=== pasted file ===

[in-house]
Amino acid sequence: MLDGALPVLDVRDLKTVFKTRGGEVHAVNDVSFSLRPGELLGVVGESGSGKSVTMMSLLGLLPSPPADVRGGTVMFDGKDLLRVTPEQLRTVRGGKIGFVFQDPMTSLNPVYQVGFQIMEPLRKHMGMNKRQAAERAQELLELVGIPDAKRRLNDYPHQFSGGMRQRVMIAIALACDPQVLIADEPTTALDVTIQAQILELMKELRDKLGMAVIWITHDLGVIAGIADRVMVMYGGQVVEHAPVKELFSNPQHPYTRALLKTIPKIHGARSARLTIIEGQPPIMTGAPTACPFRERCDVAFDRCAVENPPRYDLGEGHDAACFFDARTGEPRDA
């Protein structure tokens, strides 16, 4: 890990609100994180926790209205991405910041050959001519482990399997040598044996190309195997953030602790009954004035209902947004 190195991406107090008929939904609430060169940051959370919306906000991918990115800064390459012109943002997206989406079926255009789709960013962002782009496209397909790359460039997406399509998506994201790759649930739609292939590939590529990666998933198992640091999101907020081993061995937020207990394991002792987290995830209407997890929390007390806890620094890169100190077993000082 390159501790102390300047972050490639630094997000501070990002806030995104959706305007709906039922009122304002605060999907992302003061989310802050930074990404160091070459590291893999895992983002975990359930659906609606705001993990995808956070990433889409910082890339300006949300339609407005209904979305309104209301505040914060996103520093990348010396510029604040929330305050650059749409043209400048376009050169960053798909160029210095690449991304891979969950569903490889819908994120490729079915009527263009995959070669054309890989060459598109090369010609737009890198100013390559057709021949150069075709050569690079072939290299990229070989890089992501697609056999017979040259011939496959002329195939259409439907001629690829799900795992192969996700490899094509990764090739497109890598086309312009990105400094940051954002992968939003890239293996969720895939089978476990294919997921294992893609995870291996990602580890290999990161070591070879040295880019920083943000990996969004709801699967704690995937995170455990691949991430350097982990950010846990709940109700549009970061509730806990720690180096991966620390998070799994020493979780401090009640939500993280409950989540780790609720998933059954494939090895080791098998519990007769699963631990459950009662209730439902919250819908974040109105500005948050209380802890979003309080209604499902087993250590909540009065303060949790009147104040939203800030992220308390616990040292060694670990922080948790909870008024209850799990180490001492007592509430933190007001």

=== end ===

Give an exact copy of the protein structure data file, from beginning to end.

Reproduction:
[in-house]
Amino acid sequence: MLDGALPVLDVRDLKTVFKTRGGEVHAVNDVSFSLRPGELLGVVGESGSGKSVTMMSLLGLLPSPPADVRGGTVMFDGKDLLRVTPEQLRTVRGGKIGFVFQDPMTSLNPVYQVGFQIMEPLRKHMGMNKRQAAERAQELLELVGIPDAKRRLNDYPHQFSGGMRQRVMIAIALACDPQVLIADEPTTALDVTIQAQILELMKELRDKLGMAVIWITHDLGVIAGIADRVMVMYGGQVVEHAPVKELFSNPQHPYTRALLKTIPKIHGARSARLTIIEGQPPIMTGAPTACPFRERCDVAFDRCAVENPPRYDLGEGHDAACFFDARTGEPRDA
């Protein structure tokens, strides 16, 4: 890990609100994180926790209205991405910041050959001519482990399997040598044996190309195997953030602790009954004035209902947004 190195991406107090008929939904609430060169940051959370919306906000991918990115800064390459012109943002997206989406079926255009789709960013962002782009496209397909790359460039997406399509998506994201790759649930739609292939590939590529990666998933198992640091999101907020081993061995937020207990394991002792987290995830209407997890929390007390806890620094890169100190077993000082 390159501790102390300047972050490639630094997000501070990002806030995104959706305007709906039922009122304002605060999907992302003061989310802050930074990404160091070459590291893999895992983002975990359930659906609606705001993990995808956070990433889409910082890339300006949300339609407005209904979305309104209301505040914060996103520093990348010396510029604040929330305050650059749409043209400048376009050169960053798909160029210095690449991304891979969950569903490889819908994120490729079915009527263009995959070669054309890989060459598109090369010609737009890198100013390559057709021949150069075709050569690079072939290299990229070989890089992501697609056999017979040259011939496959002329195939259409439907001629690829799900795992192969996700490899094509990764090739497109890598086309312009990105400094940051954002992968939003890239293996969720895939089978476990294919997921294992893609995870291996990602580890290999990161070591070879040295880019920083943000990996969004709801699967704690995937995170455990691949991430350097982990950010846990709940109700549009970061509730806990720690180096991966620390998070799994020493979780401090009640939500993280409950989540780790609720998933059954494939090895080791098998519990007769699963631990459950009662209730439902919250819908974040109105500005948050209380802890979003309080209604499902087993250590909540009065303060949790009147104040939203800030992220308390616990040292060694670990922080948790909870008024209850799990180490001492007592509430933190007001």